I remember this little couplet by John Bunyan, “A man there was and they called him mad, and the. more he gave, the more he had.” This is a principle, for giving creates a need, and by the vacuum law, the need draws the supply and draws it beautifully. Life always adapts itself according to the needs of a plant, an animal, or or a man through which it courses. The duck has webbed feet simply because he needs them. The polar bear has a coat of white fur because he needs it to be unseen in the arctic ice and snow. Bird eggs are elliptoid so that they will roll around in a circle and thus cannot roll out of the nest. The ditch digger develops bulging muscles because he needs them, while the clerk has scarcely any muscular development because he has no need for it. No strength comes until a legitimate need is set up, and more is used than is apparently to be had. Exercise actually tears down muscle cells, but it establishes a need for more strength, then strength flows into the muscles as a matter of course. Carry this principle over into the act of your giving.
There are times when you cannot find the help you yourself would like or really need, but the time never comes when you cannot give help to someone else. It is by such giving that you establish a need and thus open the way to receive. The little you can give is better than the much you would like to give. We are told that when we .give of what we have more will be added unto us, but if we withhold, fearing that our supply will be depleted or that what we have is of no value, then that which we have is of no value and will be taken away or rendered useless. Jesus says, “For unto every one that hath shall be given and he shall have abundance, but from him that hath not even that which he hath shall be taken away.” This is not God’s punishment, it is the divine law of increase in action. Everything increases and multiplies with use.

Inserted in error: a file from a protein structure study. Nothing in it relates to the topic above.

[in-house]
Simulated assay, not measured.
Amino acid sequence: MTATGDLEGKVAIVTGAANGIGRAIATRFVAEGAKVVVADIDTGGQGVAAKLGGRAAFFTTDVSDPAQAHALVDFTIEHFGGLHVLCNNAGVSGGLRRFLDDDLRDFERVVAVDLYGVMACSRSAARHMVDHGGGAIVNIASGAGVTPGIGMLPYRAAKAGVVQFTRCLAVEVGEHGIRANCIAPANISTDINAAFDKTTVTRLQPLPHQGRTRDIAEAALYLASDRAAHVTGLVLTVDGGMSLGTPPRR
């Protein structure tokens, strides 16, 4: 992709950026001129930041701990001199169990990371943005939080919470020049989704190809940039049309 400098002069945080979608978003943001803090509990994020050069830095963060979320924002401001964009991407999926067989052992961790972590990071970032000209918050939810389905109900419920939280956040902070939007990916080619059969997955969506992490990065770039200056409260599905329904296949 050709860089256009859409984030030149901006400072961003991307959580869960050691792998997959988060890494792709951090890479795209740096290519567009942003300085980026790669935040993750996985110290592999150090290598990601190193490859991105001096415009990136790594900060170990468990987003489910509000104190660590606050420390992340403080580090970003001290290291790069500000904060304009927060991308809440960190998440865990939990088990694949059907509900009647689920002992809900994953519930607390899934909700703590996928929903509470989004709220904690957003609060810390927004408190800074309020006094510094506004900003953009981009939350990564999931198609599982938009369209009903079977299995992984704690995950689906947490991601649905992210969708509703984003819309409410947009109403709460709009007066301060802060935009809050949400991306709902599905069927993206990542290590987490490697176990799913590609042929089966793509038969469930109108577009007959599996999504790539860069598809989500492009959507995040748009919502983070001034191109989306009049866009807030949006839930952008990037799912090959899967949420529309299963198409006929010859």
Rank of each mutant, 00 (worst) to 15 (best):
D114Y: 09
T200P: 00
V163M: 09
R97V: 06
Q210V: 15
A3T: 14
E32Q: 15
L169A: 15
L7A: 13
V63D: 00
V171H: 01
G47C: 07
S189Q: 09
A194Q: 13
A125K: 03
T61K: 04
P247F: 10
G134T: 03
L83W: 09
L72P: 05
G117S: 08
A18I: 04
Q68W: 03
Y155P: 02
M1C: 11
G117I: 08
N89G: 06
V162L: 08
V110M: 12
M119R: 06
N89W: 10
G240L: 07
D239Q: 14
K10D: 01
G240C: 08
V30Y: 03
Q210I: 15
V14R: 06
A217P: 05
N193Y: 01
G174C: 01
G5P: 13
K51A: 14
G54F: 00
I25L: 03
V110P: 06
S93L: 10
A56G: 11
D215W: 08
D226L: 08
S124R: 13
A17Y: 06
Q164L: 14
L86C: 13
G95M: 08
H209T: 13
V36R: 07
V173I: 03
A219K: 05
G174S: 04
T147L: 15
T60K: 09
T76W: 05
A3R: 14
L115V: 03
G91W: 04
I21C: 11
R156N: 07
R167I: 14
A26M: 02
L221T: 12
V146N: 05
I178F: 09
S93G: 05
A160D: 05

The giving of ourselves is another important facet of this principle. “Let your light shine.” Let your sensitivity to life express itself in kindness, in love, in understanding. Often our hearts go out to someone, but afraid of being misunderstood, we choke back the impulse to say what we feel. Some refrain from words of appreciation lest others become conceited; employers fear being asked for a raise or more time off. A tendency to be hypercritical comes from feelings of inferiority—it is an attempt to pull people down to our own level. But know the cosmic truth, that whenever or wherever anyone rises to greatness something great is fulfilled in us too. When you appreciate what other do, you become their equal. The most fortunate people in the world are those who have the capacity to appreciate others around them and all the other manifestations of their environment. How better can we get into this consciousness of giving than by taking the thought of Namaskar. “I salute the divinity in you.” Get the thought of sharing a bit of love, understanding, blessing, thoughtfulness with every person. Seek ways of actually helping; the little you do is better than the lot you say you wish you could do.
Giving the idea of peace and love and understanding is the greatest demonstration of the law of increase. Losing nothing and gaining much, when we get into this kind of consciousness of giving, it becomes a flow in our lives, and we find it easy to give our substance and our efforts and our time. We see a tremendous return because of the law of “Give and you will receive.”
© 1975, by Eric Butterworth